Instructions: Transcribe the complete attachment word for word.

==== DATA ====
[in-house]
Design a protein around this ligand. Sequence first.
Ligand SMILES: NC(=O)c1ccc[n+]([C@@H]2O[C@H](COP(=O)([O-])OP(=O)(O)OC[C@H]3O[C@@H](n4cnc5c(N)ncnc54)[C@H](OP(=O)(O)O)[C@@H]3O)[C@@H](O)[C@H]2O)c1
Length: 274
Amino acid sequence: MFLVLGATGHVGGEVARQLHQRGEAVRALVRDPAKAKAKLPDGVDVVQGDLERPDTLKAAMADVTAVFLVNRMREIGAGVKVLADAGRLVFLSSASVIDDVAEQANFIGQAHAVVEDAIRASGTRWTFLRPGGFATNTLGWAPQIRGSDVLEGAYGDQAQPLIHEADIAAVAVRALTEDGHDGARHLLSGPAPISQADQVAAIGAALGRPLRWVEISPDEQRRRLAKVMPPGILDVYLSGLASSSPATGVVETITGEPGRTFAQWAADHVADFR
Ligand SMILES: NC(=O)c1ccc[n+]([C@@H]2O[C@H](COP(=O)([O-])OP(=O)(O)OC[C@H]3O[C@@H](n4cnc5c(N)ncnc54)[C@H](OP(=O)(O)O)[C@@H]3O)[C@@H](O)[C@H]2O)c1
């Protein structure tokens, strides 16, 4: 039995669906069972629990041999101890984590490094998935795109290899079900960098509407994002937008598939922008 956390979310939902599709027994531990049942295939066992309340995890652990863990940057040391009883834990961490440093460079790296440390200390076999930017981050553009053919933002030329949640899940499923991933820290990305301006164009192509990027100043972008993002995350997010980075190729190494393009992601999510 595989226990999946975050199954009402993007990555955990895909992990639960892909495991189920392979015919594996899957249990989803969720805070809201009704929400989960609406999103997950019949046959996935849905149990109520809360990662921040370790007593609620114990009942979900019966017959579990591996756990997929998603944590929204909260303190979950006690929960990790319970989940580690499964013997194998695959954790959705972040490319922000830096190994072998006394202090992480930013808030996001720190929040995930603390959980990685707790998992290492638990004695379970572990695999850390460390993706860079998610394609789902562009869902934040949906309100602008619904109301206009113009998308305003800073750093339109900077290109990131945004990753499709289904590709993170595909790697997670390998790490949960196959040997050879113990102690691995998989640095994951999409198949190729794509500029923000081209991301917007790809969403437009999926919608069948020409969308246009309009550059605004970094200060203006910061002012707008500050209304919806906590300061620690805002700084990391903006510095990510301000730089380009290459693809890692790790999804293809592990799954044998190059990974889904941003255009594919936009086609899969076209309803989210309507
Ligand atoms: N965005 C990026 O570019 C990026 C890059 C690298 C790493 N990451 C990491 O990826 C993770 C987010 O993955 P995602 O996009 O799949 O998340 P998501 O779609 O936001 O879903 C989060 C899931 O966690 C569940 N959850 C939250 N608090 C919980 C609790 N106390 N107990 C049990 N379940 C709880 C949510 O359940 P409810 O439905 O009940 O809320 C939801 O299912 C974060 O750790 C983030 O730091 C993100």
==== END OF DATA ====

[in-house]
Design a protein around this ligand. Sequence first.
Ligand SMILES: NC(=O)c1ccc[n+]([C@@H]2O[C@H](COP(=O)([O-])OP(=O)(O)OC[C@H]3O[C@@H](n4cnc5c(N)ncnc54)[C@H](OP(=O)(O)O)[C@@H]3O)[C@@H](O)[C@H]2O)c1
Length: 274
Amino acid sequence: MFLVLGATGHVGGEVARQLHQRGEAVRALVRDPAKAKAKLPDGVDVVQGDLERPDTLKAAMADVTAVFLVNRMREIGAGVKVLADAGRLVFLSSASVIDDVAEQANFIGQAHAVVEDAIRASGTRWTFLRPGGFATNTLGWAPQIRGSDVLEGAYGDQAQPLIHEADIAAVAVRALTEDGHDGARHLLSGPAPISQADQVAAIGAALGRPLRWVEISPDEQRRRLAKVMPPGILDVYLSGLASSSPATGVVETITGEPGRTFAQWAADHVADFR
Ligand SMILES: NC(=O)c1ccc[n+]([C@@H]2O[C@H](COP(=O)([O-])OP(=O)(O)OC[C@H]3O[C@@H](n4cnc5c(N)ncnc54)[C@H](OP(=O)(O)O)[C@@H]3O)[C@@H](O)[C@H]2O)c1
């Protein structure tokens, strides 16, 4: 039995669906069972629990041999101890984590490094998935795109290899079900960098509407994002937008598939922008 956390979310939902599709027994531990049942295939066992309340995890652990863990940057040391009883834990961490440093460079790296440390200390076999930017981050553009053919933002030329949640899940499923991933820290990305301006164009192509990027100043972008993002995350997010980075190729190494393009992601999510 595989226990999946975050199954009402993007990555955990895909992990639960892909495991189920392979015919594996899957249990989803969720805070809201009704929400989960609406999103997950019949046959996935849905149990109520809360990662921040370790007593609620114990009942979900019966017959579990591996756990997929998603944590929204909260303190979950006690929960990790319970989940580690499964013997194998695959954790959705972040490319922000830096190994072998006394202090992480930013808030996001720190929040995930603390959980990685707790998992290492638990004695379970572990695999850390460390993706860079998610394609789902562009869902934040949906309100602008619904109301206009113009998308305003800073750093339109900077290109990131945004990753499709289904590709993170595909790697997670390998790490949960196959040997050879113990102690691995998989640095994951999409198949190729794509500029923000081209991301917007790809969403437009999926919608069948020409969308246009309009550059605004970094200060203006910061002012707008500050209304919806906590300061620690805002700084990391903006510095990510301000730089380009290459693809890692790790999804293809592990799954044998190059990974889904941003255009594919936009086609899969076209309803989210309507
Ligand atoms: N965005 C990026 O570019 C990026 C890059 C690298 C790493 N990451 C990491 O990826 C993770 C987010 O993955 P995602 O996009 O799949 O998340 P998501 O779609 O936001 O879903 C989060 C899931 O966690 C569940 N959850 C939250 N608090 C919980 C609790 N106390 N107990 C049990 N379940 C709880 C949510 O359940 P409810 O439905 O009940 O809320 C939801 O299912 C974060 O750790 C983030 O730091 C993100």